Chair of 2140 Yemen Sanctions Committee Also Reports on Body’s Activities, Efforts
Following recent delays, warring parties in Yemen had agreed to take part in United Nations‑sponsored peace talks aimed at ending the fighting based on the framework set out in resolution 2216 (2015), the Secretary‑General’s Special Envoy in that country told the Security Council today, underlining the importance of its support to both sides, as positions remained “very divergent”.
Special Envoy Ismail Ould Cheikh Ahmed said consultations between the Government of Yemen and its opponents had been delayed over the former’s need for clearer acceptance of resolution 2216 (2015). However, he added, he had kept in touch with Houthi leaders and the General People’s Congress, which were now committed to implementing the resolution, including a negotiated withdrawal from key cities and the surrender of weapons to the State. “I have no doubt that these talks will help us start a new phase that will mark the new history of Yemen.”
He went on to say that during his recent tour, he had updated the Government of Yemen in Riyadh as well as the leaders of Saudi Arabia on developments, and on his discussions with the Houthis. Similar discussions had been held on the margins of the General Assembly with the Secretary General of the Gulf Cooperation Council, and with the Foreign Ministers of Saudi Arabia, United Arab Emirates, Qatar, Oman and Russian interlocutors, all of whom supported efforts to reach a peaceful political solution.
On the basis of those developments, President Abd Rabbuh Mansur Hadi had informed the Secretary‑General in a 19 October letter of his intention to send a delegation to the talks, he continued, adding that he would start working immediately with the Government of Yemen, the Houthis and others to agree on an agenda, date and format. The proposed negotiations would be aimed at advancing the withdrawal of militias from key cities, ensuring the release of prisoners, returning heavy weapons seized from the army, improving the humanitarian situation and resuming an inclusive political dialogue. They were designed to lead Yemen back to the Gulf Cooperation Council Initiative and to the outcomes of the national dialogue, he said.
As a first sign of hope, the talks must be nurtured, he emphasized. Indeed, the need was great; previous consultations had been cancelled due to new preconditions, missed opportunities that had left Yemenis in increasing misery. “Yemen is ablaze and the Yemeni population is in a catastrophic situation,” he said. “The county is bleeding.” Cities were collapsing and citizens were being denied their most basic rights.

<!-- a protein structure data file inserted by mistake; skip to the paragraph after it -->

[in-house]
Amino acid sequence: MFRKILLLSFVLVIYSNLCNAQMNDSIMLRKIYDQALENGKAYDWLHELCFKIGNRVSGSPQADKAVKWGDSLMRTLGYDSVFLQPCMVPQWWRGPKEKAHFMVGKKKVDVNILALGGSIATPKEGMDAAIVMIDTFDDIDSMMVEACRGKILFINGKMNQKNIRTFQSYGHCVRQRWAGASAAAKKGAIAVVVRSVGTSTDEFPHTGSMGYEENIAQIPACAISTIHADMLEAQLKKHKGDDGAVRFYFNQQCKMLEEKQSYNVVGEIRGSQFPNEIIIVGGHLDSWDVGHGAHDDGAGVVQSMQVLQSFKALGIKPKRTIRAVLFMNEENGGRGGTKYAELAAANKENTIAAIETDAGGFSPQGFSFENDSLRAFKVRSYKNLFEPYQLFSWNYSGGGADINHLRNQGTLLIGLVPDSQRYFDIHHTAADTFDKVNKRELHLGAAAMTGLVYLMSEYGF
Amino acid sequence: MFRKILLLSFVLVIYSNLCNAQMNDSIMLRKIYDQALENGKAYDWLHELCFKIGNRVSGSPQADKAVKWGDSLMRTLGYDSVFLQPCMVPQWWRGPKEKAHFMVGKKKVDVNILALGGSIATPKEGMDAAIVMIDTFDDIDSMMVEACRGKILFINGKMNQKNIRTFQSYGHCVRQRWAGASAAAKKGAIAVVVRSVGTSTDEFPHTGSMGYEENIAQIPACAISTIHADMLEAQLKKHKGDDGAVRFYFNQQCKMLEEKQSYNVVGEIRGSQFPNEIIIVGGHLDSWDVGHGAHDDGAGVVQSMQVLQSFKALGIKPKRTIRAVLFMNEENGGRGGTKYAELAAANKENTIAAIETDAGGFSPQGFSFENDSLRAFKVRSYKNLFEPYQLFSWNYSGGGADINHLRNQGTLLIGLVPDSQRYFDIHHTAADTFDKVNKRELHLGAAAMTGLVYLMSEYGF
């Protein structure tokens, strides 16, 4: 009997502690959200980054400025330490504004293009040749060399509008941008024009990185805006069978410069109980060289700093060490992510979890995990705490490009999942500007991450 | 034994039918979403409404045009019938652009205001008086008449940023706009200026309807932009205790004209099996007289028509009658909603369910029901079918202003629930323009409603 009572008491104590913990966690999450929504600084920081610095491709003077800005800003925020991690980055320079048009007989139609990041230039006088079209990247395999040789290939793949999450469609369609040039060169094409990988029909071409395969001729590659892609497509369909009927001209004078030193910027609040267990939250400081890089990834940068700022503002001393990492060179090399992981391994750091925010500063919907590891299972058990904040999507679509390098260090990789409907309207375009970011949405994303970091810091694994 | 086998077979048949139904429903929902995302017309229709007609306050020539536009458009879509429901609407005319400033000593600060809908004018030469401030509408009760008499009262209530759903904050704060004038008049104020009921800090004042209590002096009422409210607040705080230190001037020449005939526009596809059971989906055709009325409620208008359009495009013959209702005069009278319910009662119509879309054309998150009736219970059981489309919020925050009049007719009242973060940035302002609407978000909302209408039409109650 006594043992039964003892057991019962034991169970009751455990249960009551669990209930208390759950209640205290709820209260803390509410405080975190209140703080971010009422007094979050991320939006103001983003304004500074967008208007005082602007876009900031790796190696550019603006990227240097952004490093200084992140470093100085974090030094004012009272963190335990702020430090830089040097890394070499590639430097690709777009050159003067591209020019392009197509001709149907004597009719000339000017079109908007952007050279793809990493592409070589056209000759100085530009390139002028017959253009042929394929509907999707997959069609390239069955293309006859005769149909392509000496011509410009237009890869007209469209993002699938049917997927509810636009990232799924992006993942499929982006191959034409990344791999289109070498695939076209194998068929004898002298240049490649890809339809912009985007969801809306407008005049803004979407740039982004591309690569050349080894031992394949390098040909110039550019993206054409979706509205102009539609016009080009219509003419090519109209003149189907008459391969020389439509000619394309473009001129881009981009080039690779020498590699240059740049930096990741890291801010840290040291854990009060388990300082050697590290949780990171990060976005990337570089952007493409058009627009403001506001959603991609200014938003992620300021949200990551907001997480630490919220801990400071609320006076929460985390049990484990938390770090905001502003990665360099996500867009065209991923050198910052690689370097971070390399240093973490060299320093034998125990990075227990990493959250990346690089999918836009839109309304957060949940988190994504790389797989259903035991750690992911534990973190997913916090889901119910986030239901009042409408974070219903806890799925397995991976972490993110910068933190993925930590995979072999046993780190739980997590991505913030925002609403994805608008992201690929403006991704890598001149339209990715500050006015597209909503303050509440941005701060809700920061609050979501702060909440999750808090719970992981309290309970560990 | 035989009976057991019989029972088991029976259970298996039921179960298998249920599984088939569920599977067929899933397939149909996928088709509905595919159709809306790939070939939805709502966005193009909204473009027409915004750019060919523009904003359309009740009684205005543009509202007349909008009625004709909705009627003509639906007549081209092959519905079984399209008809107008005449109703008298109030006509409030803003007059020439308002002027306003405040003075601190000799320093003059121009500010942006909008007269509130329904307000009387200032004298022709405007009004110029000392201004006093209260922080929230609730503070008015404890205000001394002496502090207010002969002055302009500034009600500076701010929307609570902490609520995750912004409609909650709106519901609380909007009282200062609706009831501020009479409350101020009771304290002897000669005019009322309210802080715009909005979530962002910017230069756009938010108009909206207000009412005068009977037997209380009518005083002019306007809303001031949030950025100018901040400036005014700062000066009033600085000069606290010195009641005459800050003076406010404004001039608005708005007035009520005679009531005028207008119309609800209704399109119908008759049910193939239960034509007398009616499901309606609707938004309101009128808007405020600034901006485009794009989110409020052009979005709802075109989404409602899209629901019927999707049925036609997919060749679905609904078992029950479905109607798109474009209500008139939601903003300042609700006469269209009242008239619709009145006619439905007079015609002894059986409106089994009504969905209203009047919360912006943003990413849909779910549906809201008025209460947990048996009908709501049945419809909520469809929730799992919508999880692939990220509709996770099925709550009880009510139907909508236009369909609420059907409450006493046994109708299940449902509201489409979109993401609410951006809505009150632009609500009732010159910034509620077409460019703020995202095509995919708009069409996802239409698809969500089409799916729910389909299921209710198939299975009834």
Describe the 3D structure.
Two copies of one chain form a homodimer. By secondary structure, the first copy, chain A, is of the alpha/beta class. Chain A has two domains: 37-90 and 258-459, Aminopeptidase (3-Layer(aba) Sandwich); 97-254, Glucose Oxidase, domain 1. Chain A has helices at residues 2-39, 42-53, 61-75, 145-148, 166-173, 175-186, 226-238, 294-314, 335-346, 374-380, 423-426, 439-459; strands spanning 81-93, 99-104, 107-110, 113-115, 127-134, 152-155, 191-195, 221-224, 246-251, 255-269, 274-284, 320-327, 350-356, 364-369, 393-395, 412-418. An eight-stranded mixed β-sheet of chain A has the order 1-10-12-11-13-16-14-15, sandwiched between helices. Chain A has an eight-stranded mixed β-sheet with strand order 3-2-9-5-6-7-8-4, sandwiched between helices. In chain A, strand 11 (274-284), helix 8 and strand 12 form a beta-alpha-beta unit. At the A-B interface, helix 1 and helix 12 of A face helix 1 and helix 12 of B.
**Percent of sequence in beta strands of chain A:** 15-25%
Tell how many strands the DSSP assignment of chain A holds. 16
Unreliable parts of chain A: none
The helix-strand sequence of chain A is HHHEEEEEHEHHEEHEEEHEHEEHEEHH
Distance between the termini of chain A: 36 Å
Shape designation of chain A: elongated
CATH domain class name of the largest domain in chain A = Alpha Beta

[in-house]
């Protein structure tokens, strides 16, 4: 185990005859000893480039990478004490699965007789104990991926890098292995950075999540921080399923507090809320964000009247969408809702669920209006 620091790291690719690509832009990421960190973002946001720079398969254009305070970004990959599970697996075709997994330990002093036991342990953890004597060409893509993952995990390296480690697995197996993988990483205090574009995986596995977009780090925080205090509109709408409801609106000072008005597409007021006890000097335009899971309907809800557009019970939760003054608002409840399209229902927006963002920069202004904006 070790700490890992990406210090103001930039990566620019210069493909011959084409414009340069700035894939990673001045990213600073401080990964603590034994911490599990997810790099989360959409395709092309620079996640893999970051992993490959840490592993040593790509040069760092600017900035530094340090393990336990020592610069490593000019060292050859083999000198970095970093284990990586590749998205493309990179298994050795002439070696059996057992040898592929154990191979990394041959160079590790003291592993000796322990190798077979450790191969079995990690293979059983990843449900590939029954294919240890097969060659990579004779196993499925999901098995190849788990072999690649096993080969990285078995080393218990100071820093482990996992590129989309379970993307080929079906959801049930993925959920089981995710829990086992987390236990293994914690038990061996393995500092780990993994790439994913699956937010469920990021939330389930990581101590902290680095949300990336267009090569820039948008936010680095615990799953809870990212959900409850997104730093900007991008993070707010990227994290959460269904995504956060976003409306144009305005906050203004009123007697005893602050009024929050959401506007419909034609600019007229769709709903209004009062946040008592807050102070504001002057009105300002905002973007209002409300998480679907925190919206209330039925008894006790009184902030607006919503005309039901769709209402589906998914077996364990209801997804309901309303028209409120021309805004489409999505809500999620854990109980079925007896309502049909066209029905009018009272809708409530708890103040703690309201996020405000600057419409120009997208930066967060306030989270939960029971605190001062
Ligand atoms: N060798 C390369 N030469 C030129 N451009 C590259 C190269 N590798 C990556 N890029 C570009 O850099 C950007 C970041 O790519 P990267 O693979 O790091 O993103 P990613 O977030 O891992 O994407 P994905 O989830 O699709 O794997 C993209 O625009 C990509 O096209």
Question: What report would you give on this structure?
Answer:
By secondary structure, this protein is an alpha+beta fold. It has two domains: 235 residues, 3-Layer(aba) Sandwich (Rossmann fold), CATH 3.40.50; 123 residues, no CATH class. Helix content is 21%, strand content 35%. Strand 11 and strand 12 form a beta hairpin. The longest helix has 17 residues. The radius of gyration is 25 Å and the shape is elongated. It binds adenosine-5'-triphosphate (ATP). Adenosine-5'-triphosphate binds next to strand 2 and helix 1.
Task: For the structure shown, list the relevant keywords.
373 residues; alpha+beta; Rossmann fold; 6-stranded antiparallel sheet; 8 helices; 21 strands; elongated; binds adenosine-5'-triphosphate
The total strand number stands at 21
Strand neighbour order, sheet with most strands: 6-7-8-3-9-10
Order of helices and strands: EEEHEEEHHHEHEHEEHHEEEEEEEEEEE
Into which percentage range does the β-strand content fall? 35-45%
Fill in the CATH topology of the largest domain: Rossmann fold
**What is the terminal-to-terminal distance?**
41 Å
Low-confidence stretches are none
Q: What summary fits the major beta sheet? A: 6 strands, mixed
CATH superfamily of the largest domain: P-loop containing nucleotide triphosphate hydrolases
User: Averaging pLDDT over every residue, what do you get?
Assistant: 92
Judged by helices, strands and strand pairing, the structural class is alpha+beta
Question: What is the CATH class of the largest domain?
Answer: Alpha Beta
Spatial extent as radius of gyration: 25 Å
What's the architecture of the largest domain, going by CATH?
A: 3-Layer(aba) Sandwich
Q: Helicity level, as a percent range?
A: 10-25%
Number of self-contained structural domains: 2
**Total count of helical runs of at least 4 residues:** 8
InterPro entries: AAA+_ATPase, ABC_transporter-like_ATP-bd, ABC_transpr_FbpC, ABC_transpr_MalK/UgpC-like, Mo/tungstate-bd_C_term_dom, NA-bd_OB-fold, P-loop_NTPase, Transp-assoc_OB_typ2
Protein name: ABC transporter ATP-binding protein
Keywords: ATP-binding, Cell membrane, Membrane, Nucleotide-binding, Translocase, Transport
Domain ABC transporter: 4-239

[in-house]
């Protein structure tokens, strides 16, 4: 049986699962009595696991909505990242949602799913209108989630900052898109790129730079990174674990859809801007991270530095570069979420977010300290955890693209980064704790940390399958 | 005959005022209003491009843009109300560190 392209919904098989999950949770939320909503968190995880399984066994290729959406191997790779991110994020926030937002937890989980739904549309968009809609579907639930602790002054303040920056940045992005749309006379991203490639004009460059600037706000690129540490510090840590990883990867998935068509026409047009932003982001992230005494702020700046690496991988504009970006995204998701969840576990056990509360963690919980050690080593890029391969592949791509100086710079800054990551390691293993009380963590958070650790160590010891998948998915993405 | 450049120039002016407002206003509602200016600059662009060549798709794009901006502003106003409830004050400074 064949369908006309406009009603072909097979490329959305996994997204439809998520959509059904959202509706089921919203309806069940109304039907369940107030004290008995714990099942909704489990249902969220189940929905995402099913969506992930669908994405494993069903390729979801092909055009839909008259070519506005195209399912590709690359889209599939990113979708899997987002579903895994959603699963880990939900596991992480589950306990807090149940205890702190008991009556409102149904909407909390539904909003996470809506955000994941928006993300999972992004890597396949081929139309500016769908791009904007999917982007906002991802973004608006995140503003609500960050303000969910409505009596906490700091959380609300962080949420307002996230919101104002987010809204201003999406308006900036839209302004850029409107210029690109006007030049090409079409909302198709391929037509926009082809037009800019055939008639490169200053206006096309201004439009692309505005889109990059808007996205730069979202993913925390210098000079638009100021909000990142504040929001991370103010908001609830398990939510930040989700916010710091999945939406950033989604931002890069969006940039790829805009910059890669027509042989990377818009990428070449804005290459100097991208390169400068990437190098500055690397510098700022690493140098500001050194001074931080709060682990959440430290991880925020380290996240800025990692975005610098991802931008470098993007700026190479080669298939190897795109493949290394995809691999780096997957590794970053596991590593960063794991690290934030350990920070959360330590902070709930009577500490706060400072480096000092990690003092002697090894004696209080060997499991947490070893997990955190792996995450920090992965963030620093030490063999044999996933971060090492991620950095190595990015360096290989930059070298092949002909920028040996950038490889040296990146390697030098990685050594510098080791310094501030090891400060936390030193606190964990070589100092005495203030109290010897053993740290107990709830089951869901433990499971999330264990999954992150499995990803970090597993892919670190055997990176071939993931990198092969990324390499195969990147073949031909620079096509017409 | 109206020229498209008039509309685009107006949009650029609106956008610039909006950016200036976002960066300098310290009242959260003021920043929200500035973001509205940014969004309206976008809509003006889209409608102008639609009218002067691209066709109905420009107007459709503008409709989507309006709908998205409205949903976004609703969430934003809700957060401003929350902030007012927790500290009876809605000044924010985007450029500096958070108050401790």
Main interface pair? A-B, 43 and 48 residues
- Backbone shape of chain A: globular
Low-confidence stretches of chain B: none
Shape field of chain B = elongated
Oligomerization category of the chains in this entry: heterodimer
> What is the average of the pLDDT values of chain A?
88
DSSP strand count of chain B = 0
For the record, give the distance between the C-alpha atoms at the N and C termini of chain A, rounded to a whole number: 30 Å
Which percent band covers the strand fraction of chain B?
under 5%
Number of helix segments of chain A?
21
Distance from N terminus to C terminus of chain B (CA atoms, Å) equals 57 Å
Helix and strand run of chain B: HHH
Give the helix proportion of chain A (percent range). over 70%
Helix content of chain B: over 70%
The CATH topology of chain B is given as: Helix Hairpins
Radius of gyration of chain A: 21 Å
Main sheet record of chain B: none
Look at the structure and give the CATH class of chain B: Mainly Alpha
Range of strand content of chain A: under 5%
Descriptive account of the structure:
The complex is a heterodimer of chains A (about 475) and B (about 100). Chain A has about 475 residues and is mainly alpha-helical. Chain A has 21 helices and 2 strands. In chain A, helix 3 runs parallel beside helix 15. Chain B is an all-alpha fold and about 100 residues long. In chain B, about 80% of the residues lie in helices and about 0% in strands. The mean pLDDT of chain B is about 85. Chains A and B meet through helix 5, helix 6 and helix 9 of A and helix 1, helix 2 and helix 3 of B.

He said extremists had rapidly taken advantage of the situation. With the return of the legitimate Government in Aden, it had been hoped that security would have been restored. Instead, extremist groups had attacked Government headquarters and civilians had been killed. The bombing of mosques in Yemen, famed for its tolerance, had become a common occurrence. “The longer the war continues, the more extremist groups will expand their presence,” he warned.
The Office for the Coordination of Humanitarian Affairs had reported that more than 21 million Yemenis, 80 per cent of the population, were in need of aid. Some 20 million lacked potable water and 500,000 children were malnourished. Taiz, once considered the country’s cultural capital, today faced indiscriminate shelling, with people struggling to survive. Aid had been blocked, and more broadly, only 1 per cent of Yemen’s normal monthly fuel requirements had been allowed in September.
Mr. Ahmed said that, in one positive sign, he had attended a gathering of Yemeni women organized by UN-Women in Larnaca, Cyprus, where participants had called for urgent measures to improve the humanitarian situation, restore the flow of aid and commercial goods, and ensure the protection of civilians. He said he planned to work with the yet‑to‑be‑formed Women’s Pact for Peace and Security and other civil society groups, to ensure their voices brought Yemen back to peaceful dialogue.
Following those remarks, Raimonda Murmokaitė (Lithuania), Chair of the 2140 Yemen Sanctions Committee, described the subsidiary body’s work in the context of resolutions 2216 (2015) and 2204 (2015) and 2140 (2014), noting that, as per the latter text, 20 implementation reports from Member States had been received and were on the Committee’s website. The Committee had received only one initial report and no subsequent reports relating to inspections carried out pursuant to the targeted arms embargo outlined in resolution 2216 (2015). She called upon all Member States that had not yet done so to submit the required reports.
She recalled that on 29 July, the Committee had amended its guidelines to reflect provisions contained in resolutions 2204 (2015) and 2216 (2015). On 2 April, new members of the Panel of Experts had been appointed by the Secretary-General, while a new arms expert had been appointed on 18 June. Committee members had discussed, on 2 February, the final report of the Panel of Experts and agreed on the course of action for its recommendations. On 25 August, the Regional Humanitarian Coordinator for the Yemen Crisis had briefed on the United Nations Verification and Inspection Mechanism, followed by the Special Representative for Children and Armed Conflict, on 18 September.
On 9 October, she continued, the Panel of Experts had shared information on international humanitarian law and the finance aspects of its mandate, underlining its need to investigate all violations, including through travel to all parts of Yemen. To promote transparency, on 1 September, the Committee had held an open briefing for all Member States featuring an overview of its mandate, the sanctions regime, and remarks by the Coordinator of the Panel of Experts.
The meeting began at 10:45 a.m. and ended at 11:09 a.m.